Of course the media is going to cover a riot, and rightly so!

April 29, 2015

cnn baltimore riotsWow. Where did this notion come from, that when there’s a riot in the streets, and fires are burning down a city, the media shouldn’t cover it? Rather, they should train their cameras on the thousands of peaceful protesters and not rioters threatening lives and property?

The fact of the matter is, it’s the media’s job to report on threats and risks. It’s their duty to cover the dangerous and the destructive. And this time, they did their job magnificently, particularly CNN, which is taking a lot of heat for simply doing the difficult work we rarely see done any more.

In many ways, the news today is more sterilized than ever in my lifetime. During the Vietnam War, it was on-the-ground correspondents, such as Dan Rather and Peter Arnett, who brought the ugliness of the war into our living rooms and set the stage for change. We don’t get that sense of war any more, and we’re more accepting of war because of it.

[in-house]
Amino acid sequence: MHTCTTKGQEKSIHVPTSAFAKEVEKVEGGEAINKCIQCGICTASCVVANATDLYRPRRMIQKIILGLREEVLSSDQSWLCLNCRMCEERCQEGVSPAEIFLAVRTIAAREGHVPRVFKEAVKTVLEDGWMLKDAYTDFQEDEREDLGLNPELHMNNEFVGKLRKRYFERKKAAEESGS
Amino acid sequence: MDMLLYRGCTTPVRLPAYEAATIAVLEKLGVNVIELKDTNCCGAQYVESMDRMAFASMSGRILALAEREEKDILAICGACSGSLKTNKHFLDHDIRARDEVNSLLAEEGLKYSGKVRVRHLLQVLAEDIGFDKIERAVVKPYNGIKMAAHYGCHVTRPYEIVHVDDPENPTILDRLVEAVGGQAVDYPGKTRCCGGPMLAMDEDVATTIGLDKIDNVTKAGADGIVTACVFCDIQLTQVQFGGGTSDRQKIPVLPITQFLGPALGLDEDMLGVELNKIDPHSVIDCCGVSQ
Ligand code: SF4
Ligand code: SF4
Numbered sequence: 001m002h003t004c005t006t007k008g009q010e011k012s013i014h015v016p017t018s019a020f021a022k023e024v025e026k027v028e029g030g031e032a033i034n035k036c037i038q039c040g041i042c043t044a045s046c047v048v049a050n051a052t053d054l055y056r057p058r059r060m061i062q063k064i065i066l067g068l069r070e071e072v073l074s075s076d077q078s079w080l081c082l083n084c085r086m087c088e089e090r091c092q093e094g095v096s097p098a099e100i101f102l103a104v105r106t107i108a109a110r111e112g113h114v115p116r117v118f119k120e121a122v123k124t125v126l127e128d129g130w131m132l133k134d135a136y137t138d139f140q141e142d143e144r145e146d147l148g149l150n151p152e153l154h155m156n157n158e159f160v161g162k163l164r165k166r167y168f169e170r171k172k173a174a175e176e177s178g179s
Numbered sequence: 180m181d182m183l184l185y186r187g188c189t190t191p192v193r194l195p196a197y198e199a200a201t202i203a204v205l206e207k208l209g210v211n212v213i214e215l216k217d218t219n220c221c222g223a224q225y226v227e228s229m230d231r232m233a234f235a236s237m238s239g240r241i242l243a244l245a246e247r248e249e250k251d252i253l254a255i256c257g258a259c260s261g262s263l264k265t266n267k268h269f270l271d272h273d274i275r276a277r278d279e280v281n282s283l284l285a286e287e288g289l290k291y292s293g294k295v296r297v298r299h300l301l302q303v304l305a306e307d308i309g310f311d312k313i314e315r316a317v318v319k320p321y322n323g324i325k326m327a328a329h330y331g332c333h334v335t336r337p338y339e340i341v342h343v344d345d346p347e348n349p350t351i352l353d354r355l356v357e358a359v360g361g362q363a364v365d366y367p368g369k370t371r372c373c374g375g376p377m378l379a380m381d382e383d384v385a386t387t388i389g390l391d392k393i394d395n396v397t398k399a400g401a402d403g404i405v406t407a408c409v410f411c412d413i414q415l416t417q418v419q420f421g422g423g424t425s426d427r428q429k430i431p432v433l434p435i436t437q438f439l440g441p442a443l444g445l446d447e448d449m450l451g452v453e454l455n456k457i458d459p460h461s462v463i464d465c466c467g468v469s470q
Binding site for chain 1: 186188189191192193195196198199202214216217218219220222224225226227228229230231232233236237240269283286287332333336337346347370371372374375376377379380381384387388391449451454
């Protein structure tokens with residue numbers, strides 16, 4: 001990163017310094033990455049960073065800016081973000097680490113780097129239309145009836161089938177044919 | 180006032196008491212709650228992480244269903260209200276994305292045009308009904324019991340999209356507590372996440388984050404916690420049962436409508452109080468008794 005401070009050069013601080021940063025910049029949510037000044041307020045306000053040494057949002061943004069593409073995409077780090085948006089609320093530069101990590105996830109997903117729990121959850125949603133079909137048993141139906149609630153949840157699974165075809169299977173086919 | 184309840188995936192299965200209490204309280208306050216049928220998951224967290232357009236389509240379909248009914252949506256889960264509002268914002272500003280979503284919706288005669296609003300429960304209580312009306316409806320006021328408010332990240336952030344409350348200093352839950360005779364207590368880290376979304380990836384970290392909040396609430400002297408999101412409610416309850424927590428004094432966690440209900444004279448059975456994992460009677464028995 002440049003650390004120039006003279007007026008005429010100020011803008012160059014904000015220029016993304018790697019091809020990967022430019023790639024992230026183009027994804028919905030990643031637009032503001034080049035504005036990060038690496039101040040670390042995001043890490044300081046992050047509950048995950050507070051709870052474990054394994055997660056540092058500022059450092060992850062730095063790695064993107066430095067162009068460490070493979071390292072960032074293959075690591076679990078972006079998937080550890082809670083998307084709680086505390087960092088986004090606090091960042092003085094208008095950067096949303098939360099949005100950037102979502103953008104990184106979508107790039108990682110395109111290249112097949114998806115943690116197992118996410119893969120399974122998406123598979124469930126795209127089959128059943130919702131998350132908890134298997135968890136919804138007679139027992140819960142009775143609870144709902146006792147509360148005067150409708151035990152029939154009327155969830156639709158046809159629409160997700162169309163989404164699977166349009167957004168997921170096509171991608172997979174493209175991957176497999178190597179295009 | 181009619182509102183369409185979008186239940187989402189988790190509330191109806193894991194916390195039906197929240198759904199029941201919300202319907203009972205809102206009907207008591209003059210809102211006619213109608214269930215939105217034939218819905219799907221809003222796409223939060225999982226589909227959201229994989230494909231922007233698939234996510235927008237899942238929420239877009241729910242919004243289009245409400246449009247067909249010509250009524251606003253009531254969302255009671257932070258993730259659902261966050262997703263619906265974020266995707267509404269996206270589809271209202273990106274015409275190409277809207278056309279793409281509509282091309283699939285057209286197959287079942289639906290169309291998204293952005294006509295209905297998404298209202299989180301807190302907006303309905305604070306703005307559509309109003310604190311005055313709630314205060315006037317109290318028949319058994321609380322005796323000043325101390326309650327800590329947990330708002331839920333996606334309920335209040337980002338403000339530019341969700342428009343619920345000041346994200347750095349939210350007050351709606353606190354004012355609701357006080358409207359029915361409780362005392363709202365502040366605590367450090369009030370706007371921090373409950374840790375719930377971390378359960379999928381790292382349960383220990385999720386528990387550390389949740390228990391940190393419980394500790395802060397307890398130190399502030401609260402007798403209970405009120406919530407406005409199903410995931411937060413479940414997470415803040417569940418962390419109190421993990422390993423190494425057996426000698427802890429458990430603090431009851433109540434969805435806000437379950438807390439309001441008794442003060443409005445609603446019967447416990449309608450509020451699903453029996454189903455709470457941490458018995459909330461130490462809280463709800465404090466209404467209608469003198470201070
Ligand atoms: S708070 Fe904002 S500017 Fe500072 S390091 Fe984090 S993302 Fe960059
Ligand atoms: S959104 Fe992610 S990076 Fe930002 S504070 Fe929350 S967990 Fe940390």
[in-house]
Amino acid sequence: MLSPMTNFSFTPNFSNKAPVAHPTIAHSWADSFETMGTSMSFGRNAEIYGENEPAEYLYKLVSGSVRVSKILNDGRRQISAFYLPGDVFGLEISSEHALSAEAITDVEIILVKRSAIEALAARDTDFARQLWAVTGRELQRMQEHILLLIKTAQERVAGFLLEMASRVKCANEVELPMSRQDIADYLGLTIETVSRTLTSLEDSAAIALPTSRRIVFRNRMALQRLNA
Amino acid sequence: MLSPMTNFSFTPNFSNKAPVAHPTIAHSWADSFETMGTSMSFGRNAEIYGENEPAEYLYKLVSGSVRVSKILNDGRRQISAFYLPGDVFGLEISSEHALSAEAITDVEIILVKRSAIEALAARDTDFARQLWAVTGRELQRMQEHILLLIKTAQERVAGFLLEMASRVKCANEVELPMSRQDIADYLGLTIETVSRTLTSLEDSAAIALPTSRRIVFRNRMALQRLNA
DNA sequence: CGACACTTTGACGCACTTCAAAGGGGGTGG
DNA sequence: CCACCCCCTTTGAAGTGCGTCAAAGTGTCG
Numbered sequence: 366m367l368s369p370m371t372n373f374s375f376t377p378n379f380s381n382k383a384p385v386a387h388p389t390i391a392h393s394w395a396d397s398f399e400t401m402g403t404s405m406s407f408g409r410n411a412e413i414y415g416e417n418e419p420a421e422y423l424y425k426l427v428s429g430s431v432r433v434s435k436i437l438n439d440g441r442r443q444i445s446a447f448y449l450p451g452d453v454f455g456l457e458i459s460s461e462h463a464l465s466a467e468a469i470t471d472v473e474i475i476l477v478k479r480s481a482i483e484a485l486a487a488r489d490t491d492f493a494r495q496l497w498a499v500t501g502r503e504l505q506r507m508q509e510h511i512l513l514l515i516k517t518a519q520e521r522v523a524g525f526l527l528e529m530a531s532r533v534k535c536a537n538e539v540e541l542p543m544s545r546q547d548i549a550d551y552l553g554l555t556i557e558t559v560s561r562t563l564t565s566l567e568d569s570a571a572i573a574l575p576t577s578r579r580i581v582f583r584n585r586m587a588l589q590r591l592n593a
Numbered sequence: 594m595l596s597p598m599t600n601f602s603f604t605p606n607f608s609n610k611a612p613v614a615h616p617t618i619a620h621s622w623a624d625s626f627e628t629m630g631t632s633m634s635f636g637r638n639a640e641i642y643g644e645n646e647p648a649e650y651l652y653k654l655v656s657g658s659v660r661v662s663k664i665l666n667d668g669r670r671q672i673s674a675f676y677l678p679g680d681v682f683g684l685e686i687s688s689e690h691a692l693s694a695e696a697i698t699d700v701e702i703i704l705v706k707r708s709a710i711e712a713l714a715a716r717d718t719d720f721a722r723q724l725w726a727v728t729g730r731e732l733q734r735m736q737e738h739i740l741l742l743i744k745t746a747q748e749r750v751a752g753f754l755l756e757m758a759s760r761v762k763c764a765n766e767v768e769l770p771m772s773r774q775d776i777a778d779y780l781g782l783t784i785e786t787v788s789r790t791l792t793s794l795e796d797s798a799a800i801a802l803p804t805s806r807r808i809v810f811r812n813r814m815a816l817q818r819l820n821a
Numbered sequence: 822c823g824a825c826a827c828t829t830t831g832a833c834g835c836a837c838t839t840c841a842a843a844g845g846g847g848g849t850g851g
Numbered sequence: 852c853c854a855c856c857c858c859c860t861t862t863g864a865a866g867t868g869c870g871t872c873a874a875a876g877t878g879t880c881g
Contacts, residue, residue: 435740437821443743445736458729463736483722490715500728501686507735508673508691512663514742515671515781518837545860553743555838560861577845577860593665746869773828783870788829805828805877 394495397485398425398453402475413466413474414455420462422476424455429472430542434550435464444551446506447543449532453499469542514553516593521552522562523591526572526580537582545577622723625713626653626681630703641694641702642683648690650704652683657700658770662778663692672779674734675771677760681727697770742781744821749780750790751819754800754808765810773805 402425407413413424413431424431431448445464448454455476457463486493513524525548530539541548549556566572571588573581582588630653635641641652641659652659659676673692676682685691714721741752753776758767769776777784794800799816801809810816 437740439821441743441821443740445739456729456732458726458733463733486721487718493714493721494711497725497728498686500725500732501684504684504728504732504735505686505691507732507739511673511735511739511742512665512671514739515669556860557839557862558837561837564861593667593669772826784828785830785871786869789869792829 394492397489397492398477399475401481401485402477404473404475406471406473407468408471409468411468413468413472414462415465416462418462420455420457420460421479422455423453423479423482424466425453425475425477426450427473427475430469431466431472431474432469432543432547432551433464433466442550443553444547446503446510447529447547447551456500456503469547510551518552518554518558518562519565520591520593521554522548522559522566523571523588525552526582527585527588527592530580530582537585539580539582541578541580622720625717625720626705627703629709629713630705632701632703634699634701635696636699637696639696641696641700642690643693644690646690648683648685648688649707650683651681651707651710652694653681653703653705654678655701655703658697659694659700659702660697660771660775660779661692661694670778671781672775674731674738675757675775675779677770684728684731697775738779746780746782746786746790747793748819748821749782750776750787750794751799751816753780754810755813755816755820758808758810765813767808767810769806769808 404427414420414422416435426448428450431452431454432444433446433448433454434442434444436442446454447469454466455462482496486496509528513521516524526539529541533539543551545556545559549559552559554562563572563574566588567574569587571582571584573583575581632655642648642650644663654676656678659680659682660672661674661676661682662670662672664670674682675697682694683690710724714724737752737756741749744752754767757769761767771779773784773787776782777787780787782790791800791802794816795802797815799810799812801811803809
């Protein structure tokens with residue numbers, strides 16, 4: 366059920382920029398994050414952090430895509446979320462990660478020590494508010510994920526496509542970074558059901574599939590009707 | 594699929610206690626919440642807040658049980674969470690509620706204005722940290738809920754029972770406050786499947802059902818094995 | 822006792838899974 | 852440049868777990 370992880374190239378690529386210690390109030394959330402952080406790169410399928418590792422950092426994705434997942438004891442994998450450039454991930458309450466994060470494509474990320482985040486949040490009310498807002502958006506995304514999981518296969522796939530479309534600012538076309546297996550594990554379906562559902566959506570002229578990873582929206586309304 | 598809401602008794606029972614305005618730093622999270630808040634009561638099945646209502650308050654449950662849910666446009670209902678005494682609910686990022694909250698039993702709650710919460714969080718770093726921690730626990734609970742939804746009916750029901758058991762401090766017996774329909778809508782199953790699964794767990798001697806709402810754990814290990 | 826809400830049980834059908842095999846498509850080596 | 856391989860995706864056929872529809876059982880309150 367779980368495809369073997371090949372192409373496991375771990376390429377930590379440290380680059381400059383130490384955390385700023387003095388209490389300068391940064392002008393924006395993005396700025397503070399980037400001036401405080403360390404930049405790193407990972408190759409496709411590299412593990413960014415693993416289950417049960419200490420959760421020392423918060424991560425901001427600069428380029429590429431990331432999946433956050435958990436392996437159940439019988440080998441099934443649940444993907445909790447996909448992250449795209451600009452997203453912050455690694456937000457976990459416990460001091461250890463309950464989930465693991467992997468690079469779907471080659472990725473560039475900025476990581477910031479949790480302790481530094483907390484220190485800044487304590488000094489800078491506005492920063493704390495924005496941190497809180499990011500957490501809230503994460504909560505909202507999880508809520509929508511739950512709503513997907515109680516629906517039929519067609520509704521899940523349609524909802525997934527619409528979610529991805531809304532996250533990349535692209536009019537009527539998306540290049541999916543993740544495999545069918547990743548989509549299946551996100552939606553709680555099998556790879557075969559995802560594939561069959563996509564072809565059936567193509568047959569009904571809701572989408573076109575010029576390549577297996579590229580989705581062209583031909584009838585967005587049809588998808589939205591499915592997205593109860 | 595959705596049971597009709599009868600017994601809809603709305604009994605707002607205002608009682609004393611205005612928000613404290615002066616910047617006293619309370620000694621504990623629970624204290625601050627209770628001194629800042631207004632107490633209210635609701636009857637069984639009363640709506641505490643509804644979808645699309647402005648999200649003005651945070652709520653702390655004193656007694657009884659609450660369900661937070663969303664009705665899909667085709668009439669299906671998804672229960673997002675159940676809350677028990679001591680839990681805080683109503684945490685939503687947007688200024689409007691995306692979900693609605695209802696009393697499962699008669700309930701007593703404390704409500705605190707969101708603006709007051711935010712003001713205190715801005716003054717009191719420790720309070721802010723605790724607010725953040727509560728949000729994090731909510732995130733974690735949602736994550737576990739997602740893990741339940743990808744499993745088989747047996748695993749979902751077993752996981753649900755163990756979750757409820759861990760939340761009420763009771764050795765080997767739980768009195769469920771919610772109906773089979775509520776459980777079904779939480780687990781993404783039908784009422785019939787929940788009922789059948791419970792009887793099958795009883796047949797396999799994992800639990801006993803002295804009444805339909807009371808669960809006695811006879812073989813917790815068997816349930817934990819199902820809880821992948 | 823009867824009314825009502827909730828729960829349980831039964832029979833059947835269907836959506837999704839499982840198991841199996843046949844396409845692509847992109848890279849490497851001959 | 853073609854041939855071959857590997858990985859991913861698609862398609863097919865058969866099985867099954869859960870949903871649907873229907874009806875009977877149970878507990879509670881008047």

The same is true for civil unrest. Expecting CNN to turn away from covering the riots is naive and dangerous. That’s like asking the media not to report on BP’s Gulf Oil Spill, and rather focus on their solar energy initiatives. Or even worse, it approximates the Chinese or Russian need to sanitize their news. The mere fact that Baltimore and its people reacted so quickly and positively against the violence is due to the raw imagery the media captured, and the stories they told.

If anyone doubts that, consider CNN’s Miguel Marquez’ reporting from the site of the CVS fire. Marquez put himself in harm’s way to get the story, interviewing rioters on camera, and speaking directly with the community. Marquez had been in Baltimore all week; he had obviously built relationships and leveraged them throughout his broadcast. It was great, difficult, and important reporting. He should be commended.

Even more ironically, claims that the media wasn’t reporting on factors underpinning the unrest are flat-out wrong. The media has been interviewing any and all who have an opinion or authority over the issue. But to try to deny their coverage the violence itself, well, that’s just spin control. The American public is big enough to handle the truth, smart enough to realize its implications, and compassionate enough to react appropriately to it. We don’t need it filtered and sterilized or the narrative overlay that does more harm than good, when a dose of reality is what’s called for.

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